HomeSeptember 2014Managing expectations managers’ greatest challenge

Managing expectations managers’ greatest challenge

Managing expectations was the biggest challenge for managers in the Irish health service, Minister of State at the Department of Health, Ms. Kathleen Lynch, T.D., said when she gave the opening address to the Conference.

Kathleen Lynch T.D.
Ms. Kathleen Lynch T.D.

“What it takes to be a good manager will change with every circumstance in which you find yourself, and it is flexibility, the ability to read people and to know how to act in any given situation that makes a good manager.  To be a good manager you nearly need to be invisible, but your staff need to know that you will see everything and you will act in a way that sometimes they might not want you to act, but you will act.

“To get to the top of your profession you have to be courteous and kind but also to have a backbone of steel. It is important to be able to make decisions and follow these decisions through. You also need to be able to tell us at times where things are going wrong. You need to be drivers, leaders in your own area. That is how you got to where you are, because people recognised that drive and leadership in you.”

Ms. Lynch said that there was a constant refrain that there were too many civil servants, too many public servants, too many managers, but then they were also looking for services from these same people…!I ask them, well who would you get rid of?”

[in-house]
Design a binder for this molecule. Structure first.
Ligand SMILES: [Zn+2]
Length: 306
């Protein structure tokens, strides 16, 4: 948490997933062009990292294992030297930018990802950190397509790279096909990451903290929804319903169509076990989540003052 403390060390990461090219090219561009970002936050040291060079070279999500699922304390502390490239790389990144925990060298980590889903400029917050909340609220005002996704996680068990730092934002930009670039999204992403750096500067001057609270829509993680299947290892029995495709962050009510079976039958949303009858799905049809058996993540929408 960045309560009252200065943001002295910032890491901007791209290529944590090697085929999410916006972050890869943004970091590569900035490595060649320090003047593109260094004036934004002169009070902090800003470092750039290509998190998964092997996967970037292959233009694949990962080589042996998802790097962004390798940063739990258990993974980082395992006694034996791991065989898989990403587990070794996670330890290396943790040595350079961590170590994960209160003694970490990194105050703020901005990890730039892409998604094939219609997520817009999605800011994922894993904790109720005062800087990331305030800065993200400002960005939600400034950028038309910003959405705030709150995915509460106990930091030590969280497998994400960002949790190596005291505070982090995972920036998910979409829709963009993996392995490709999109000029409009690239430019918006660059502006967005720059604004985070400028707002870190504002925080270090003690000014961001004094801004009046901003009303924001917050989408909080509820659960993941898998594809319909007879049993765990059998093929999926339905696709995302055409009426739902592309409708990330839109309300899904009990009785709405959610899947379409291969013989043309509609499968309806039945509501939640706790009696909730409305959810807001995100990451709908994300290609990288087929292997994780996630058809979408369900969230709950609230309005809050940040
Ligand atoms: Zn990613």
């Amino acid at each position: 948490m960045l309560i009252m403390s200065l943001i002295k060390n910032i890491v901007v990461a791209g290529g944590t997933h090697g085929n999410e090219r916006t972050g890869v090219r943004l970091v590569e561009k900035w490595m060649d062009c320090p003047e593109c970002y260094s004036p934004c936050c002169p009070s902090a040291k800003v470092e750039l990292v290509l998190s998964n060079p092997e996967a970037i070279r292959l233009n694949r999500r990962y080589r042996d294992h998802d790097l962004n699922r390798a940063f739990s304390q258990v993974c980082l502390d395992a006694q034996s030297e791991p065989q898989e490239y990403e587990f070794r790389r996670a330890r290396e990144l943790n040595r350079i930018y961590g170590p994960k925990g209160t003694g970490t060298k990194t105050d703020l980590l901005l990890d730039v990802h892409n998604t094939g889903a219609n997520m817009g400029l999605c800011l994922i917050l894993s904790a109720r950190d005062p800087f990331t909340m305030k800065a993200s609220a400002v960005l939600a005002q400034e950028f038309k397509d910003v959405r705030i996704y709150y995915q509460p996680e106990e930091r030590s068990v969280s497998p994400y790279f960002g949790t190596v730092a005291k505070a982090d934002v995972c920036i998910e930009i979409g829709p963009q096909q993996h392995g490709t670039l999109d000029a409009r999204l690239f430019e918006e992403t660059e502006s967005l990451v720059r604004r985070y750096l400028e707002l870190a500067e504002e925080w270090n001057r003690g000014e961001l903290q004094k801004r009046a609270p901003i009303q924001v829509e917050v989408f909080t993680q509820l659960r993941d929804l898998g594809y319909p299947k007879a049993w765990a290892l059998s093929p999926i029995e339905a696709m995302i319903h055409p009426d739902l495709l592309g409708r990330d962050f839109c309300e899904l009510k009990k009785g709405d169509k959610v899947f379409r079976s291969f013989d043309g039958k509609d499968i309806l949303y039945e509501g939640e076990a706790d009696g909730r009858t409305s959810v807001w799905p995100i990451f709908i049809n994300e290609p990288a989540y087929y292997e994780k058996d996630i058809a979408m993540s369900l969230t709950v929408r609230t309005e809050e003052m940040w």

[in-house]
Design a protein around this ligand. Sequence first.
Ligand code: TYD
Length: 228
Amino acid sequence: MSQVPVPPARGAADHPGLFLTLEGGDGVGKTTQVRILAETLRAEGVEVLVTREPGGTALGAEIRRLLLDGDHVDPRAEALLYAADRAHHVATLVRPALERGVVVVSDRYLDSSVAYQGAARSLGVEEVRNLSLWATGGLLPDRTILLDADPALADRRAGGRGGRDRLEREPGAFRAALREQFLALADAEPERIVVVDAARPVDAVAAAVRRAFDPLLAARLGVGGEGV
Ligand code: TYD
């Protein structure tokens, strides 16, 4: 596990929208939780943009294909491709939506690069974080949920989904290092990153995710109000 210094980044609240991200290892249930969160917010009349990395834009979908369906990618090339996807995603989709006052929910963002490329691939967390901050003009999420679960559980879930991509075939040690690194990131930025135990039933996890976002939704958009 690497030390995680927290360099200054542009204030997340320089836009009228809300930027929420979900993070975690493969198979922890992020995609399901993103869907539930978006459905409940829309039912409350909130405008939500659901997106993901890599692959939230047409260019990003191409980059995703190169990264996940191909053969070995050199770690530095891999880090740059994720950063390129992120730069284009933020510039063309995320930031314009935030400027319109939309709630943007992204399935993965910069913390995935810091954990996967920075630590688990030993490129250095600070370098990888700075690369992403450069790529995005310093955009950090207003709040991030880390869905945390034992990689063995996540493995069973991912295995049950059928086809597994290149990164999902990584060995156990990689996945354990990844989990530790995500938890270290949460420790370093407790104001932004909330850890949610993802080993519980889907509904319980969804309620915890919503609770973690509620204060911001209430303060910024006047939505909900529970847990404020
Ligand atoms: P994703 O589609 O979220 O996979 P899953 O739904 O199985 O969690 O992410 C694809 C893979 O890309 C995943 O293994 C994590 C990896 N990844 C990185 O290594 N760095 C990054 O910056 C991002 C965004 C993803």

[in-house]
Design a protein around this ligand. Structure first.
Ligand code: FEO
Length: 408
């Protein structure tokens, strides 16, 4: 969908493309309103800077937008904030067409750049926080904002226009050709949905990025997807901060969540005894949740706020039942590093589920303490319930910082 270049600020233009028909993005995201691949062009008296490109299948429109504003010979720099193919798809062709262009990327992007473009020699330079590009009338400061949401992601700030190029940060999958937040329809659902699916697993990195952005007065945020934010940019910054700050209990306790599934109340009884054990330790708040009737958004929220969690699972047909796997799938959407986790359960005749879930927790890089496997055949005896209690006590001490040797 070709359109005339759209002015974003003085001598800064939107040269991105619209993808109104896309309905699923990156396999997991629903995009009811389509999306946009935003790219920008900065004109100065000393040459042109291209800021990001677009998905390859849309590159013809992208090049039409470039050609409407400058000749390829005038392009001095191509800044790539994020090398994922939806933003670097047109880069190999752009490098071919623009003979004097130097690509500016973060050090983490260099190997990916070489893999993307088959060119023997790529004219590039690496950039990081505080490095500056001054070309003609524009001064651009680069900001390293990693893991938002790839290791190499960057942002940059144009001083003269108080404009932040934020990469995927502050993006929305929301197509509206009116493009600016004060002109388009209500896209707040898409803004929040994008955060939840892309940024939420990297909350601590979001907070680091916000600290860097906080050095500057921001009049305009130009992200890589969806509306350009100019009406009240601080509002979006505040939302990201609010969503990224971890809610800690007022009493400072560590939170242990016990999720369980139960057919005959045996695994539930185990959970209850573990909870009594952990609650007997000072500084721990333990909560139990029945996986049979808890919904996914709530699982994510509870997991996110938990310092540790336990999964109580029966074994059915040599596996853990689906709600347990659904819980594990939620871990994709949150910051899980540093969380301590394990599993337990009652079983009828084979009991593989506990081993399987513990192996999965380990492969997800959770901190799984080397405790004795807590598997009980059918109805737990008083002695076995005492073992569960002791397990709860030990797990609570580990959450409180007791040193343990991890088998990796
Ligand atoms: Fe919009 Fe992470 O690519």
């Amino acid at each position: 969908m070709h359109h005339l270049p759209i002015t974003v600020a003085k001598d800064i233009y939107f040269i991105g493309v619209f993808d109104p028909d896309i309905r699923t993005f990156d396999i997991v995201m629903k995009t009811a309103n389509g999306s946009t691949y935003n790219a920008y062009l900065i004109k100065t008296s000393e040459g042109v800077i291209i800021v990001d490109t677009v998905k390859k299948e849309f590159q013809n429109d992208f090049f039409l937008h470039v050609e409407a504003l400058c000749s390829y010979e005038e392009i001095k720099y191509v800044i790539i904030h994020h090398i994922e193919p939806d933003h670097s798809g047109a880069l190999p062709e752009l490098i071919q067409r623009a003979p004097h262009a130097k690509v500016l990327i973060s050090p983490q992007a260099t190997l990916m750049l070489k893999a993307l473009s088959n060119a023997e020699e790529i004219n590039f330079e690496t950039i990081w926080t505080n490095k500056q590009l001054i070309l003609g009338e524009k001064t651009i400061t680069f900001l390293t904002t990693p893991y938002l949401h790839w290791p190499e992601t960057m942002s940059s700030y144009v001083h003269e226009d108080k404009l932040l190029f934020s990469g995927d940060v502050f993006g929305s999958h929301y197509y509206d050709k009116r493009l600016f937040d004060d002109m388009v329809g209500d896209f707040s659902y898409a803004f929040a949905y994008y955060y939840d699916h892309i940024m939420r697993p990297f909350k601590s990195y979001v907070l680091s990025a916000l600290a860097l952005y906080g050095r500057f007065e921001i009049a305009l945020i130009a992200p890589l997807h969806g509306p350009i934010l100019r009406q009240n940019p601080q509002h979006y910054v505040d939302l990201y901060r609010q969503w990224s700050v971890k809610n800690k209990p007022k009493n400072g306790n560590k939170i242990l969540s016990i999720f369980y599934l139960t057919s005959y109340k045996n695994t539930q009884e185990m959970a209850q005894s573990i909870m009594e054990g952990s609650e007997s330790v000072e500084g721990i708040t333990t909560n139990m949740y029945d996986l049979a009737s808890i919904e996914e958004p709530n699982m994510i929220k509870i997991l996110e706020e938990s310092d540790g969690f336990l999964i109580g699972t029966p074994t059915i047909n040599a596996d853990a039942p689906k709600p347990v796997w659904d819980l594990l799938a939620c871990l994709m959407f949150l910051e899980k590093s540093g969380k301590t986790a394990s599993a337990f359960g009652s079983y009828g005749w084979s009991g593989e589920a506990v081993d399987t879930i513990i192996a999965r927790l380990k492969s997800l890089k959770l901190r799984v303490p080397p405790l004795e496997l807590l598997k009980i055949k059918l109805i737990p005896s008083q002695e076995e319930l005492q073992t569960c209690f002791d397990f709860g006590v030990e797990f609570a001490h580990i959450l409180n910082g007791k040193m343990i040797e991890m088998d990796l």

The Minister of State who has responsibility for Mental Health, welcomed the lodging of the Strategic Infrastructure Development (SID) planning application to An Bord Pleanála which marked the first important step in replacing the Central Mental Hospital (CMH), Dundrum with an appropriate modern facility.

“The decision of An Bord Pleanála to grant the National Forensic Mental Health project Strategic Infrastructure Development status is welcome. It highlights the significance of the project for the people of Ireland” said the Minister. “The provision of a new forensic hospital is a key recommendation of A Vision for Change and is a vital part of the overall reforms in the Mental Health sector. I am confident that the project will proceed through the planning process and that building can commence by the end of 2015.”

To get to the top of your profession you have to be courteous and kind but also to have a backbone of steel.

She said this planning application demonstrated the Government’s commitment to implement the outstanding aspects of A Vision for Change, including delivery of new  infrastructure for the National Forensic Mental Health Service (NFMHS) to replace the CMH with a new, modern forensic facility (Phase 1), and, in due course, the provision of four intensive care regional facilities (Phase 2).

“Project and Design Teams were appointed for the forensic project (Phase 1) some time ago. This proposed capital project, divided into two phases, will complement the €90m made available since 2012 under the Programme for Government to underpin around 1,100 new staff to facilitate a move away from traditional institutional care towards community based services,” said Ms. Lynch.